$70,000 Non-Pecuniary Assessment for Chronic Headache Disorders

Reasons for judgement were released this week by the BC Supreme Court, Vernon Registry, assessing damages for a chronic headache disorder caused as a result of a motor vehicle collision.
In this week’s case (Fennell v. Herbert) the Plaintiff was involved in a ‘quite violent’ collision in 1998 when she was 8 years old.  Liability was admitted focussing the trial on an assessment of damages.  The trial proceeded summarily as there were no issues as to the legitimacy of the plaintiff’s symptoms nor to their connection to the collision.  In assessing non-pecuniary damages at $70,000 the court summarized the following medical evidence and provided the following reasons:

[4] As a result of the motor vehicle accident, the plaintiff suffered soft tissue injuries to her neck and lower back and headaches started within days of the collision. The headaches and neck pain have continued ever since and it is the headaches that are the most debilitating and are now considered chronic.

[5] Dr. Robinson, who is a neurologist that specializes in pain disorders stated in his report that:

In all likelihood she will continue to have chronic headache and neck pain indefinitely. This will have a negative impact on her quality of life, as well as occasionally resulting in an inability to work, attend school, or socialize…

[7] Dr. Laidlow, a physical medicine and rehabilitation specialist, in a report dated April 28, 2010, noted that the plaintiff had neck pain, back pain, and two types of headaches. His opinion was that her neck and lower back pain was myofascial pain caused by musculoligamentous strain at the neck and lower back at the time of the accident. Dr. Laidlow recommended that she see a neurologist. Dr. Robinson’s report was dated August 9, 2011. He noted that as a result of the accident she probably sustained soft tissue injury to her neck and shoulders and developed chronic headaches relating to the neck injury:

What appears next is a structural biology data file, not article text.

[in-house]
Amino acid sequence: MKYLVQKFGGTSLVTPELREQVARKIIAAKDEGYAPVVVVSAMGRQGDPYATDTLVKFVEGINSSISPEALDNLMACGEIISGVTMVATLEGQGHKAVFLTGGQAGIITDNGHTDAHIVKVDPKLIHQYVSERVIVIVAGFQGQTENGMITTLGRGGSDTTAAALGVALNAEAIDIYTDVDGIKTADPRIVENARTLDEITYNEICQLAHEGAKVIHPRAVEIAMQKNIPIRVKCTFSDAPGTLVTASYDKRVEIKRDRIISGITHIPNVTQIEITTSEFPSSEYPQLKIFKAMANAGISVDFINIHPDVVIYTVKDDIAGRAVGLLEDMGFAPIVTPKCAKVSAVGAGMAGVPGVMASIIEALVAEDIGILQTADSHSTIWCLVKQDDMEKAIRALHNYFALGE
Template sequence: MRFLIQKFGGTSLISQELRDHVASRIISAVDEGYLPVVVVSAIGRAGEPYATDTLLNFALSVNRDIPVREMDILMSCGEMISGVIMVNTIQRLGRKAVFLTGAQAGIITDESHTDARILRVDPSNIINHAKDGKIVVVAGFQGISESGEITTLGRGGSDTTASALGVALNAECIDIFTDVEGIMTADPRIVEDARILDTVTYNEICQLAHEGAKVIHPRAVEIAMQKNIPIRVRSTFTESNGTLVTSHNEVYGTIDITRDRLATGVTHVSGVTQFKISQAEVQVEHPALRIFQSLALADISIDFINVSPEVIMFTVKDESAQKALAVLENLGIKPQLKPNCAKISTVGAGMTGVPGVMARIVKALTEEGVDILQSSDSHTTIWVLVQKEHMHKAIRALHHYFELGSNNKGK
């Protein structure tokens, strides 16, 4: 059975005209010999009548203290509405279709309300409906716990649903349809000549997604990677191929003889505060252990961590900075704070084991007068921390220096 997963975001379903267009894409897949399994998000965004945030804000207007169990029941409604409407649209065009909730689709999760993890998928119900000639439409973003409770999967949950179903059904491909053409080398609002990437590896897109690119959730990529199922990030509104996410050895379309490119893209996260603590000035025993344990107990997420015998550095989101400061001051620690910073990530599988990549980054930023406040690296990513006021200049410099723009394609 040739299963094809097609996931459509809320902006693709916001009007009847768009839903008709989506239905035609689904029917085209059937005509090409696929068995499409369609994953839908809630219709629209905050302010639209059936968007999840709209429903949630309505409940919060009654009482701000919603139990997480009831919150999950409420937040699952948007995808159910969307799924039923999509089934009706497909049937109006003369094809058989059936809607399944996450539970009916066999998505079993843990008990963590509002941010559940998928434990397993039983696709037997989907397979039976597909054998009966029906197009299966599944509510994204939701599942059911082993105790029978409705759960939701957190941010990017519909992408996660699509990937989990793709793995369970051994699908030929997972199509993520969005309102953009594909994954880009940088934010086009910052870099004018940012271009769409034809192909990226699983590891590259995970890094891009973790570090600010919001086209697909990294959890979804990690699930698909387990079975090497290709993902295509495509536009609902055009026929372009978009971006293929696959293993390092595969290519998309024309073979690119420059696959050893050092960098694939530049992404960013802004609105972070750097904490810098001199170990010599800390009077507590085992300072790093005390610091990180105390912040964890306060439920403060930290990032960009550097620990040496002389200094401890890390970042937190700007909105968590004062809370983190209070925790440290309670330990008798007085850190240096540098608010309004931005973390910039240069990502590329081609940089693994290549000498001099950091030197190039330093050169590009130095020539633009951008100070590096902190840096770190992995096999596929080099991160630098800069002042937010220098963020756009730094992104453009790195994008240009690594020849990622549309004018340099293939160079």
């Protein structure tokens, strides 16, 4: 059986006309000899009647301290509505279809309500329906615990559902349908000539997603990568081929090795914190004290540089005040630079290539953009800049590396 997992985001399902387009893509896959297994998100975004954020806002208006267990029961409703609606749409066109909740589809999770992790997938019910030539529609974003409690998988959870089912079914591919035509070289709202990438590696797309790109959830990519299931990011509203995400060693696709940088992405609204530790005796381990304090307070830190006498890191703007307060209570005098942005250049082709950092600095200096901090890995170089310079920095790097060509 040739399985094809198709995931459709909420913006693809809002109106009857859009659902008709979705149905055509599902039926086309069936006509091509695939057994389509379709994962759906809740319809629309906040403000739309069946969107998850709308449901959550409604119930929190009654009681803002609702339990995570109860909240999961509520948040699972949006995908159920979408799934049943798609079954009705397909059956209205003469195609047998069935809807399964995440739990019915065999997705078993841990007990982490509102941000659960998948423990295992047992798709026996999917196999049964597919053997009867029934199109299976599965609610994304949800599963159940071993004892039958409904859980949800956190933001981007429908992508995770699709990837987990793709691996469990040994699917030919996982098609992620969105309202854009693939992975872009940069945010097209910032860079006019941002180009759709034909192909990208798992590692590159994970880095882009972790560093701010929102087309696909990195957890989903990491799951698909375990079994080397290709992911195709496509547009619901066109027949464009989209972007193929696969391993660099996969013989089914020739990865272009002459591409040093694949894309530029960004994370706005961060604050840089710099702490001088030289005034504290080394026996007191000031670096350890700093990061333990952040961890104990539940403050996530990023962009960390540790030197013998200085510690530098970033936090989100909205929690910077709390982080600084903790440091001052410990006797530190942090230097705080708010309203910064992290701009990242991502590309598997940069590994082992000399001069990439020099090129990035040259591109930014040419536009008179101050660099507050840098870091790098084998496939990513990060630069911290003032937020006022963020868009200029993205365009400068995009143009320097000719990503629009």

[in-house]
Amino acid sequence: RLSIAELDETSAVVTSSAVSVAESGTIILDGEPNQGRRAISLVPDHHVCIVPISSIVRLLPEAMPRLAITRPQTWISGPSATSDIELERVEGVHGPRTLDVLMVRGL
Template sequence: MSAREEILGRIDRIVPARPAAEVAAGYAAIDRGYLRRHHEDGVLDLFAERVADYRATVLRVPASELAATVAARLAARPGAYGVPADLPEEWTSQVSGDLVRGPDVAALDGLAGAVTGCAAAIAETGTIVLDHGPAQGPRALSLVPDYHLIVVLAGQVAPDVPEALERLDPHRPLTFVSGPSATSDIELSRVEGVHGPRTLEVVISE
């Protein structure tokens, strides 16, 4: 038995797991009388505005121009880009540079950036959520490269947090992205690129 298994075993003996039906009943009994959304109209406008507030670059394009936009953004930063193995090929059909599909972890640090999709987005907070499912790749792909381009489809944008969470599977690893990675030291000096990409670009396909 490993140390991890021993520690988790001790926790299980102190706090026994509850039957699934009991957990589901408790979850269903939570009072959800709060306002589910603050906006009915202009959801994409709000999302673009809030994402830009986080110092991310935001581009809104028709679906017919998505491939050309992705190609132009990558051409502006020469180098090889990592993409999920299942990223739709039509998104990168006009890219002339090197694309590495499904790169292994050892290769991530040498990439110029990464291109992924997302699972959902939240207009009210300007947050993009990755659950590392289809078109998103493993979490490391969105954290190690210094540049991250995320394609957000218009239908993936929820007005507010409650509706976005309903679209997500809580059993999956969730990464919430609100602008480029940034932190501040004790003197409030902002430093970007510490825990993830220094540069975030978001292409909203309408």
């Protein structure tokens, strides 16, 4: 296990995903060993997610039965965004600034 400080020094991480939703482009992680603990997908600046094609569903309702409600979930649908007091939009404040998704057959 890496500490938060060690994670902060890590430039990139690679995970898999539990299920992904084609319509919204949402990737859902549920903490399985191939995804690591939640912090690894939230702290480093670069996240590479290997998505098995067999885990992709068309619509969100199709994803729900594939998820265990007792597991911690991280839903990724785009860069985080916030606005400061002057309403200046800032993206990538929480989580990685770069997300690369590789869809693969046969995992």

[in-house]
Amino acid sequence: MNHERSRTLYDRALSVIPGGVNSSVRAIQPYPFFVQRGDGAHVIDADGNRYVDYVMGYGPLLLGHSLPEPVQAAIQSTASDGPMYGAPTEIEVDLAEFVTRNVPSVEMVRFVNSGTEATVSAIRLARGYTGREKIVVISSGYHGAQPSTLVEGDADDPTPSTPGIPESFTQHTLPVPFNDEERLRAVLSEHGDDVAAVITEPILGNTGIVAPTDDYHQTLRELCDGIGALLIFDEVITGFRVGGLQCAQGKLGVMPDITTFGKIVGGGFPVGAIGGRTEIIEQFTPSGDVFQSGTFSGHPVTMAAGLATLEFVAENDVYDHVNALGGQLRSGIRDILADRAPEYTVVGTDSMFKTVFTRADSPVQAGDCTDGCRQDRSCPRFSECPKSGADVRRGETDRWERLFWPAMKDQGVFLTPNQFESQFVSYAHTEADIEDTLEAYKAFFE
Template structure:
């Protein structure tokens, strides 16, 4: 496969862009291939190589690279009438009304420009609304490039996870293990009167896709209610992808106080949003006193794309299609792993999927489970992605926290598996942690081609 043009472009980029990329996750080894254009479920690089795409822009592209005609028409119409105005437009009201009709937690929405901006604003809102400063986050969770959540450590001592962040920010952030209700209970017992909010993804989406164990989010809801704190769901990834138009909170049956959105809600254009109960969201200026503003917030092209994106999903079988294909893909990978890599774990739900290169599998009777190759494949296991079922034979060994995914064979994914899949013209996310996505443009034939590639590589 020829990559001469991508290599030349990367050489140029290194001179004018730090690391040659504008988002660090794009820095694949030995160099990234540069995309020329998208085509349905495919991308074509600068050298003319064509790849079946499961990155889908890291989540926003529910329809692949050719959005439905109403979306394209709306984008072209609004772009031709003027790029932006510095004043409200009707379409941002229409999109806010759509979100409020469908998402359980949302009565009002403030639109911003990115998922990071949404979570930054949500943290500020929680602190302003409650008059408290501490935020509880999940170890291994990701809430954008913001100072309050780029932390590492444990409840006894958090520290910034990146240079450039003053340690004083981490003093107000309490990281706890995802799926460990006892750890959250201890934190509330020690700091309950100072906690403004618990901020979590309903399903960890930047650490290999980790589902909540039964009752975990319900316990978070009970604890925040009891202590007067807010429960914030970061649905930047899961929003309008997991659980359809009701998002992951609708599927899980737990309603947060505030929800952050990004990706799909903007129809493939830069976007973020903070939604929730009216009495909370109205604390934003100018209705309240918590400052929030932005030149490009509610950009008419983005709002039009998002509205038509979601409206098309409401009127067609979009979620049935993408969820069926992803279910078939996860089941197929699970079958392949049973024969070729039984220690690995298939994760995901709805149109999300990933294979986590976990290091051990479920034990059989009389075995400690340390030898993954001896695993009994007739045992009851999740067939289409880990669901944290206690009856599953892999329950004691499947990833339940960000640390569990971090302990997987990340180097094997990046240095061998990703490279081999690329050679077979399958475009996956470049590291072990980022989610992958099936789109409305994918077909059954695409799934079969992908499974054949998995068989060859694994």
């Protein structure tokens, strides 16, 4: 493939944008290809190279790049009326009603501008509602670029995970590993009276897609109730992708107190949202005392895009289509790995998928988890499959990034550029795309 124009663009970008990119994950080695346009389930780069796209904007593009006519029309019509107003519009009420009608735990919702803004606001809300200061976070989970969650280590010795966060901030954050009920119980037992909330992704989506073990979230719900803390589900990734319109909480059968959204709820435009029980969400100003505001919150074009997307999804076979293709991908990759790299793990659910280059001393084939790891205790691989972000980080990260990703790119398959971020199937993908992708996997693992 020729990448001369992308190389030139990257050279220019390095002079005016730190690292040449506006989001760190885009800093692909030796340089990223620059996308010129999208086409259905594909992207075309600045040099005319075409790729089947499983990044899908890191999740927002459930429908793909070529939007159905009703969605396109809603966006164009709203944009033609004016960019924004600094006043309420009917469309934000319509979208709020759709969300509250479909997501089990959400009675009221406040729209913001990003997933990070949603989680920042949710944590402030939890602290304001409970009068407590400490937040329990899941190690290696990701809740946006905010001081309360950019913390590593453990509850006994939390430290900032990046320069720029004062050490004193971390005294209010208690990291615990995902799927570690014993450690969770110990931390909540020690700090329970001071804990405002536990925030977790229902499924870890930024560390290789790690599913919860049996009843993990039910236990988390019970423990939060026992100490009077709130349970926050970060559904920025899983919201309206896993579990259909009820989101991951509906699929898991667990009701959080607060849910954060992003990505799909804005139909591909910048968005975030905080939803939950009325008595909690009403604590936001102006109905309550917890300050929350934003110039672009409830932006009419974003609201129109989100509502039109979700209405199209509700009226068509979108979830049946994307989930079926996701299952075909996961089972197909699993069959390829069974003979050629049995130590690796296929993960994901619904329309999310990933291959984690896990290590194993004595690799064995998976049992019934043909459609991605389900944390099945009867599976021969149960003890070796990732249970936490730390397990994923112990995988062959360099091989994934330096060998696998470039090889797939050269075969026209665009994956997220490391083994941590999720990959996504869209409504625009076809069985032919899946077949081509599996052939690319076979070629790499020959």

I believe that she probably did develop chronic headaches relating to neck injury as a result of the January 30, 1998 motor vehicle accident. As a result of that accident, she has ongoing neck and shoulder discomfort present constantly. The pain is aggravated by physical activity whereupon there is an increase in her head pain.

I believe that it is possible that she did develop an increased predisposition to headache reflecting migraine in her early teenage years. However, I doubt that she would have developed a constant headache or as frequent severe episodes had the lingering effects motor vehicle accident not been present.

In essence, I believe that her current headache difficulties are primarily related to chronic pain involving her neck secondary to the motor vehicle accident of January 30, 1998, superimposed upon which is a predisposition to headaches. Although it is impossible to be definitive I believe that she probably would not have developed any substantial problems with headaches if the accident had not occurred.

In all likelihood she will continue to have chronic headaches and neck pain indefinitely. This will have a negative impact on her quality of life, as well as occasionally resulting in an inability to work, attend school, or socialize. I doubt that her headache disorder will worsen or that it will have a negative impact upon her post-secondary education or for that matter her career potential.

[8] Dr. Laidlow also stated:

I do feel that she should be able to go to school and do any work activities. I think she will also be able to do any recreational activities that she chooses…

[15] I accept the evidence of the plaintiff. I find that under the heading of general damages for loss of enjoyment of life, given her young age and the severity of pain and discomfort she has suffered, she is entitled to general damages in the amount of $70,000. Also included is a component for loss of housekeeping capacity.

bc injury law, Fennell v. Herbert, Mr. Justice Cole

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ERIK
MAGRAKEN

Personal Injury Lawyer

When not writing the BC Injury Law Blog, Erik is the managing partner at MacIsaac & Company, based in Victoria, B.C. He is also involved with combative sports regulatory issues and authors the Combat Sports Law Blog.

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